Most infectious agents transmissible by transfusion have been around for many years, so in general it is prior donor activity that determines whether a unit of blood is infected or not. Occasionally a new microbe, like the human immunodeficiency virus (HIV) or Babesia mnicmti, is introduced. And, while West Nile Virus may have been in Africa for some time, it was first identified only recently in the United States. Regardless whether it is an ancient or new agent, similar human activities are likely to underpin their entry into and transmission along the medical blood supply. They include intravenous drug use with needle-sharing, high-risk or multiple partner sexual activity, exposure to insect vectors, travel, population migration, and medical negligence, and each may be influenced by economic, political, and social conditions. These subjects are discussed elsewhere in this volume, so this chapter will focus on their specific impact on blood safety.
By far the greatest challenge to blood safety today is in the developing world, primarily in sub Saharan Africa and parts of Asia, as a consequence of inadequate resources and dated technology in the health sector. The result has been epidemics of transfusion-related HIV, hepatitis, and other infectious diseases. Failing to test all donated blood for infectious agents is thought to have caused up to 16 million HBV infections, 5 million HCV infections, and 160,000 cases of HIV worldwide (Heyns et al., 2005). In 1975, a World Health Assembly (WHA) resolution called for countries to adopt nationally coordinated, voluntary blood transfusion services. So far, fewer than 30 percent of the signatory states have done so. In contrast, developed nations have made a deliberate policy to ignore cost in order to emphasize safety. The result has been steady increases in transfusion safety and cost. In the United States, the Food and Drug Administration (USFDA) has been regulating blood-banking for several decades. However, around 1990 the FDA also started applying the regulations for pharmaceutical manufacture to blood-banking. Also, in its mission to protect the public health, it is not permitted to consider cost when promulgating rules and conducting oversight - so, even though proven not to be cost-effective, the FDA approved, on an interim basis, p-24 antigen testing for HIV The FDA at the time was looking ahead to when a more effective NAT test would be available. Still, one study estimated it costs about $2 million to prevent one case of transfusion-related HIV (Heyns et al., 2005). Currently, NAT is routinely performed to detect HIV-1, hepatitis C Virus (HCV), and West Nile virus. Figure 7.1 illustrates the steady rise in the price of blood-banking services, due in part to increased testing. It should also be noted that in earlier years blood centers traditionally had underpriced the cost of providing red cells for transfusion.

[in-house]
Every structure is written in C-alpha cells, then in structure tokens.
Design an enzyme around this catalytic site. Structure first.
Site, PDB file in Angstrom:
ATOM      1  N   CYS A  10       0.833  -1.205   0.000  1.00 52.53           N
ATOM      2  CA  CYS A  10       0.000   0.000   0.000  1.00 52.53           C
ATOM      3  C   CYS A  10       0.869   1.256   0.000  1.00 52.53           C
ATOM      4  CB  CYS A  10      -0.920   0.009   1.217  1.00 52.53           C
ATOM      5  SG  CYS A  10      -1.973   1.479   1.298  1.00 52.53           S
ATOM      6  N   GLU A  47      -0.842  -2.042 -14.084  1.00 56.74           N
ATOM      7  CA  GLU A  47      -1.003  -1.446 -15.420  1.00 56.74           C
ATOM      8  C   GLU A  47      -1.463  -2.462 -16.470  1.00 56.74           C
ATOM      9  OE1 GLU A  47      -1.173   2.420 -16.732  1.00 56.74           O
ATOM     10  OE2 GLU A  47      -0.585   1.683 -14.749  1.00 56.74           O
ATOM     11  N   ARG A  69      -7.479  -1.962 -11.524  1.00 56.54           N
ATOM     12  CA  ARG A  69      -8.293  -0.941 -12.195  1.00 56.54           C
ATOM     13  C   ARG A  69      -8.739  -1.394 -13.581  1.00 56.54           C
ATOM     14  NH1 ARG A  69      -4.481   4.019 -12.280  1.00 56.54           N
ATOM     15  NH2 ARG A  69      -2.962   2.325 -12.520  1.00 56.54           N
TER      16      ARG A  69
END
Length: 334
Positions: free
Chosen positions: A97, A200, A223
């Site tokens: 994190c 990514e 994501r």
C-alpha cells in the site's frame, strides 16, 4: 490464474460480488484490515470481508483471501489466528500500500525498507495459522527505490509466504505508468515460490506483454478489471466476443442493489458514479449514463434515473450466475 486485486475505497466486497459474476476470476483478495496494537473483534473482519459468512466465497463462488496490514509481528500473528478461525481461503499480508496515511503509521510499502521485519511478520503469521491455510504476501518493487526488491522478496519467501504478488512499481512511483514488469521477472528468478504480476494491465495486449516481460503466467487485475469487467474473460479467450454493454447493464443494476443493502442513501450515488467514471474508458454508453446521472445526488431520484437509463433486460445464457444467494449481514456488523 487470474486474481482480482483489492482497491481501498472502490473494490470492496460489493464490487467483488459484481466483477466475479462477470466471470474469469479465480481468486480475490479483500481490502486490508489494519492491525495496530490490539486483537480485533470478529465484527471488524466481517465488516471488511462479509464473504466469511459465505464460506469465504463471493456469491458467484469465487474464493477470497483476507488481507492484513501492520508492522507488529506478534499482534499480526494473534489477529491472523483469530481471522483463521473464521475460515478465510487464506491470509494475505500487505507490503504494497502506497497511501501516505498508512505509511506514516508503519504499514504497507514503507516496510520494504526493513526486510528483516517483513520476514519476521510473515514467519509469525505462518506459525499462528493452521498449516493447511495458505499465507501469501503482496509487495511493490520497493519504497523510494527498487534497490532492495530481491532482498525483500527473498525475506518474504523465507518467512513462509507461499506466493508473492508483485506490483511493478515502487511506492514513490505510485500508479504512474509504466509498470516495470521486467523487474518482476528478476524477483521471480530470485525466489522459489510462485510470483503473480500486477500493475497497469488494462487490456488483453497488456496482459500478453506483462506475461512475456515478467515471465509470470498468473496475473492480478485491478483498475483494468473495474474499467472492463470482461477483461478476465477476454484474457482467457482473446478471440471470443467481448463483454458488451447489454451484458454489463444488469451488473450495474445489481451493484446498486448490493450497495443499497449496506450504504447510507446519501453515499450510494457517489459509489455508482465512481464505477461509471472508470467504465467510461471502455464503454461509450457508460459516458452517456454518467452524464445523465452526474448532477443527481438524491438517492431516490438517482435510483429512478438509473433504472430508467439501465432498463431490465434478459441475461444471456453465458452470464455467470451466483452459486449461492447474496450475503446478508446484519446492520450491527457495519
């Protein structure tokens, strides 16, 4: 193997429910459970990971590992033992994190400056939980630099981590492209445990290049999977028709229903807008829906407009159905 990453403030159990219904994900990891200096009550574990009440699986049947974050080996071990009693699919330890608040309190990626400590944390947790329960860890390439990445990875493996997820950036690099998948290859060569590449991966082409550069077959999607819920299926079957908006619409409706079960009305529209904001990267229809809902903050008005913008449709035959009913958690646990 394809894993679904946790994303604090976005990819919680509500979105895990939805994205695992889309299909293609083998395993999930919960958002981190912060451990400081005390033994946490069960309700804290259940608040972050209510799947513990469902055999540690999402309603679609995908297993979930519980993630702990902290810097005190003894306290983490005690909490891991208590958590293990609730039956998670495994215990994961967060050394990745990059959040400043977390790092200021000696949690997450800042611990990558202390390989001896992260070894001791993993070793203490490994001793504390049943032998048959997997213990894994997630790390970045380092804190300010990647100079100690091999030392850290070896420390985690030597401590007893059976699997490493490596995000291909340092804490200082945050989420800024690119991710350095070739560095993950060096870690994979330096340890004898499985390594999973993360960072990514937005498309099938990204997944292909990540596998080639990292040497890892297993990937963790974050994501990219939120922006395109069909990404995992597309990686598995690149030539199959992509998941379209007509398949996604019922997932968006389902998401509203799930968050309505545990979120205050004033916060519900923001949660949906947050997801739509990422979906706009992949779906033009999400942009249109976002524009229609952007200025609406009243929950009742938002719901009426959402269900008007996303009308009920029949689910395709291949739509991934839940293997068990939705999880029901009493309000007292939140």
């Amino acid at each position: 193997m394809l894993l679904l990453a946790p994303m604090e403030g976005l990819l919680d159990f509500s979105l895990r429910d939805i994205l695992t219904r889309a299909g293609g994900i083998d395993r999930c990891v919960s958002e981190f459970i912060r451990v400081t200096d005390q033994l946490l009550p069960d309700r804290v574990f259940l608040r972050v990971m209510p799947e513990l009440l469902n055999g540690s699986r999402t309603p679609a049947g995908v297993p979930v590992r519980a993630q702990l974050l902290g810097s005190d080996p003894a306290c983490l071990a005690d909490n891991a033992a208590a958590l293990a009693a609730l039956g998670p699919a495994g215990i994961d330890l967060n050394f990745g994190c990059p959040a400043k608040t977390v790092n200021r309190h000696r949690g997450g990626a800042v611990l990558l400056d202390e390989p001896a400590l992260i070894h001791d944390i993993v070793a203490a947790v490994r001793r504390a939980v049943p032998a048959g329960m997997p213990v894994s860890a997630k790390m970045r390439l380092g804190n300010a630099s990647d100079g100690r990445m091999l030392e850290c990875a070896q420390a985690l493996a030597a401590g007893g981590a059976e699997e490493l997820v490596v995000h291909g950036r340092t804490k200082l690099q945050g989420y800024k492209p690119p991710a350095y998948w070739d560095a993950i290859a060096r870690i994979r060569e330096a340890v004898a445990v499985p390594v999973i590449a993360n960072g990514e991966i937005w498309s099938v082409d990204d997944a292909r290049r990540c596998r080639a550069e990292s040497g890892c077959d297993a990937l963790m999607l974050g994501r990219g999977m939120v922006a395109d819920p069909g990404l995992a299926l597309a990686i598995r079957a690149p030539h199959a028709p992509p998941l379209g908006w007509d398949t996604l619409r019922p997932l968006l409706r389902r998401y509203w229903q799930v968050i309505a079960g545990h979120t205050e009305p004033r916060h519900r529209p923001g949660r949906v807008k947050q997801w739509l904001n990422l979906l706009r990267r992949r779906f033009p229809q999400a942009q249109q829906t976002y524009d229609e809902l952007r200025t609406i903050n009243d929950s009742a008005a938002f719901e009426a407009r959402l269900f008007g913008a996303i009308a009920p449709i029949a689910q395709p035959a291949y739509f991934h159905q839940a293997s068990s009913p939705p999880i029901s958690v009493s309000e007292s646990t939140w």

The challenge is to make widespread testing commonplace in countries where cost is a limiting factor. Currently, advanced testing for HIV and HCV, and bacterial culture tests on platelets, are not available in most developing countries.
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